STEP 3) ARMEND SERVICE VOCATIONAL APTITUDE BATTERY (ASVAB) – Is a multiple-choice exam that helps determine the careers for which an individual is best suited. Both traditional pen-and-paper exams and a computer-based version are available. The ASVAB takes approximately three hours to complete and has questions about standard school subjects like math, English, writing and science. The Armed Forces Vocational Aptitude Battery, more commonly referred to as the ASVAB is used by the Army primarily for two purposes: (1) to determine if you have the mental capability to be successful through basic training and other Army training programs, and (2) to determine your aptitude for learning various Army jobs. The ASVAB consists of nine subtests: General Science, Arithmetic Reasoning, Word Knowledge, Paragraph Comprehension, Mathematics Knowledge, Electronic Information, Auto & Shop, Mechanical Comprehension, and Assembling Objects. The ASVAB comes in two flavors: The pencil and paper version, and the computerized version. If you're taking the test as part of your enlistment process into the Army, you'll most likely take the computerized version during your trip to MEPS. The Armed Forces Qualification Test (AFQT), often mistakenly called the "overall score," is comprised from only four of the subtests (Arithmetic Reasoning, Word Knowledge, Paragraph Comprehension, and Math Knowledge). The other subtests are used to determine job qualifications.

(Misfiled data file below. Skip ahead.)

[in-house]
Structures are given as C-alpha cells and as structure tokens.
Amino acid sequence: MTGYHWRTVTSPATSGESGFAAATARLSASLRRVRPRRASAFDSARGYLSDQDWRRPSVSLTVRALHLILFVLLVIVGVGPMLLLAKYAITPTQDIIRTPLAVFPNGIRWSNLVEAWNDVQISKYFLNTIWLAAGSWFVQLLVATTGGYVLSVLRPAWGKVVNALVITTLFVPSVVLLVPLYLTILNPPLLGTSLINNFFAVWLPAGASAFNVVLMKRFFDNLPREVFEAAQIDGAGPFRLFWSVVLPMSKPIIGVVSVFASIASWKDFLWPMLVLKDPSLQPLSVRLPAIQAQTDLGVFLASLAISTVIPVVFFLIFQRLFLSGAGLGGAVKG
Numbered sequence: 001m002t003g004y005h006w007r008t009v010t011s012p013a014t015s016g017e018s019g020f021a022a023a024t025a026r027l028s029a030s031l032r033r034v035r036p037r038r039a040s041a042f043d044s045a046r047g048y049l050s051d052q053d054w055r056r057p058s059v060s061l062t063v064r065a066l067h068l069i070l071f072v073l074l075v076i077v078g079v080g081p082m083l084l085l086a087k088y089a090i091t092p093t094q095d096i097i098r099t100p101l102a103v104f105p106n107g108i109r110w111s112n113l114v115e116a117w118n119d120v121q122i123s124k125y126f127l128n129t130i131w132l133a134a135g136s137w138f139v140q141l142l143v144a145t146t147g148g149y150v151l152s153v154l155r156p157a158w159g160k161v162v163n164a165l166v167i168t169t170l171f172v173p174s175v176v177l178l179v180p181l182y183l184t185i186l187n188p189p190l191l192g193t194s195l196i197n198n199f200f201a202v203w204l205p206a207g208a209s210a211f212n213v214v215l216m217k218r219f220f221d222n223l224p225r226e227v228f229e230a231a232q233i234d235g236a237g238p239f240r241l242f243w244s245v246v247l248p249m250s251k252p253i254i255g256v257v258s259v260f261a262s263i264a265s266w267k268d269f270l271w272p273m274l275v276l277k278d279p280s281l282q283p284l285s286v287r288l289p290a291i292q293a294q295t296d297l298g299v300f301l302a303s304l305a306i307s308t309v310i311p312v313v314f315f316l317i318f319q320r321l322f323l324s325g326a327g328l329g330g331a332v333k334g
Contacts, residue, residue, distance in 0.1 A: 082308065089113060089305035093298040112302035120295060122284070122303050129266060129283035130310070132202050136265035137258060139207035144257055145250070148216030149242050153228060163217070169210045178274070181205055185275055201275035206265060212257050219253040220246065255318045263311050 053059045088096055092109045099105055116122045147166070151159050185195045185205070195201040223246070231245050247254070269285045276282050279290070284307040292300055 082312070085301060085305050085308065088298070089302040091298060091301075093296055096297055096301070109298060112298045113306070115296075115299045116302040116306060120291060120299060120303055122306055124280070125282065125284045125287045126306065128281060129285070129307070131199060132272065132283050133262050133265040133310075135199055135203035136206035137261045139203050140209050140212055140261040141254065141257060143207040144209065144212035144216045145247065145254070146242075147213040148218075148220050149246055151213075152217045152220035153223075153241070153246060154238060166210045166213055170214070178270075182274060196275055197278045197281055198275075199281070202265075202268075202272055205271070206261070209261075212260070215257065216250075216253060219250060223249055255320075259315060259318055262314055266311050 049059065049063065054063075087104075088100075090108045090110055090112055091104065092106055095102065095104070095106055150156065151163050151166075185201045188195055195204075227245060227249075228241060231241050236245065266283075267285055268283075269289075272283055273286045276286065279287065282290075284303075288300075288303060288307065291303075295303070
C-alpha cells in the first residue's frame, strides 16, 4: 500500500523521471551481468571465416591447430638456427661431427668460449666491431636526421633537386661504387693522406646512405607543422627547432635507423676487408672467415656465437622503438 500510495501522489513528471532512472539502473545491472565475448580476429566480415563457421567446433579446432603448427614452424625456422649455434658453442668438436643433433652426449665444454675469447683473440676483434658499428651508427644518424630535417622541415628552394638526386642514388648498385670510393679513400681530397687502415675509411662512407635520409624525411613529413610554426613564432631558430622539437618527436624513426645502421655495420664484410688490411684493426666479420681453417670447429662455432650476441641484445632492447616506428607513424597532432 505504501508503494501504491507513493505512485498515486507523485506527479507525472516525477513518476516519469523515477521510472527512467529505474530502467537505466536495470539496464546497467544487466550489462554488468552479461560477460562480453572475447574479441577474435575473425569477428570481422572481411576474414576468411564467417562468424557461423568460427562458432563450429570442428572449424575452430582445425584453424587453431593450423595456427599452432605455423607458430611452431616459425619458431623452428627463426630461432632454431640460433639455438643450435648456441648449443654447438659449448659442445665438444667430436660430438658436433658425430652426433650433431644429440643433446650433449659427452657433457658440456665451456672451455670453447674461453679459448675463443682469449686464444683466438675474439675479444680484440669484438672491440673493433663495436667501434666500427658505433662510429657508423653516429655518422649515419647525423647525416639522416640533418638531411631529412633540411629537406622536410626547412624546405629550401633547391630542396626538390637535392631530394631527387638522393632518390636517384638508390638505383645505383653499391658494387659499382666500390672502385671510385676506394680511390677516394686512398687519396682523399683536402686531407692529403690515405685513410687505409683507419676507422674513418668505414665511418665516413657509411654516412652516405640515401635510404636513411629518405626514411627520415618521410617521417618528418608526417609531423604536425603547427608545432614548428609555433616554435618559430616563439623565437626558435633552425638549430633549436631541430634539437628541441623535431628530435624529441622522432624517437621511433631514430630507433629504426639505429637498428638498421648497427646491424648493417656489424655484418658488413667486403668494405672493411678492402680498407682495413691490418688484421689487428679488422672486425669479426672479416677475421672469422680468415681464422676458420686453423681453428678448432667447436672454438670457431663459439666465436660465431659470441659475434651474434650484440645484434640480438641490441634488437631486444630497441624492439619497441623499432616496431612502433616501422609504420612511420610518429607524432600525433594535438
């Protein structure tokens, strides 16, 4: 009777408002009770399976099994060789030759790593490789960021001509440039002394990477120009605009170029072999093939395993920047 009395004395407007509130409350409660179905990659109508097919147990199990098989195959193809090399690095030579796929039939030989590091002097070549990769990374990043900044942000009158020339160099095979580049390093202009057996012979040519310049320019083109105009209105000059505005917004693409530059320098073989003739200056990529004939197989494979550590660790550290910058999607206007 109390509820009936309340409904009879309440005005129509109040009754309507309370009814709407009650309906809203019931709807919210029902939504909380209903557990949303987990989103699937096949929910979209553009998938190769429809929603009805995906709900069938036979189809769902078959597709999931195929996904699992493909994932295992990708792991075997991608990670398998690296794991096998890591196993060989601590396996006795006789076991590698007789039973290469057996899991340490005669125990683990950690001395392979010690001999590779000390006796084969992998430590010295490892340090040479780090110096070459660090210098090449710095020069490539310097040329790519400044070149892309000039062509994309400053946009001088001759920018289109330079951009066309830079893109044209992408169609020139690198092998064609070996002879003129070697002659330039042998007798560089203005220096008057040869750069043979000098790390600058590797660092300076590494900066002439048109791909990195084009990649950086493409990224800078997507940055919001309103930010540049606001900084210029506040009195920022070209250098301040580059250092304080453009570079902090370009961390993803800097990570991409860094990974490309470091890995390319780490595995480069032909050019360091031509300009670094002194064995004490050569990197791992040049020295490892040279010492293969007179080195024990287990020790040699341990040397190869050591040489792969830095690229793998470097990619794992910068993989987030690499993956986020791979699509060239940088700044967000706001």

STEP 4) PHYSICAL EXAMINATION – The largest portion of your day at MEPS is taken up by the medical examination. You'll start by completing a detailed medical history. Your blood and urine will be taken and examined for this and that (including drugs and blood-alcohol level). Your eyes and hearing will be checked. You'll have to do some stupid-sounding things, such as walking while squatting (this is commonly called the "duck-walk.") Medical Standards for enlistment are set by the Department of Defense, not the Army. The doctors at MEPS will medically disqualify you if you fail to meet any of the standards. There are two types of disqualification: temporary and permanent. A temporary disqualification means you can't join right now, but may be able to, at a later time. For example, if you just had an operation the week before. A permanent disqualification means that you failed to meet the published standards, and that won't change with time.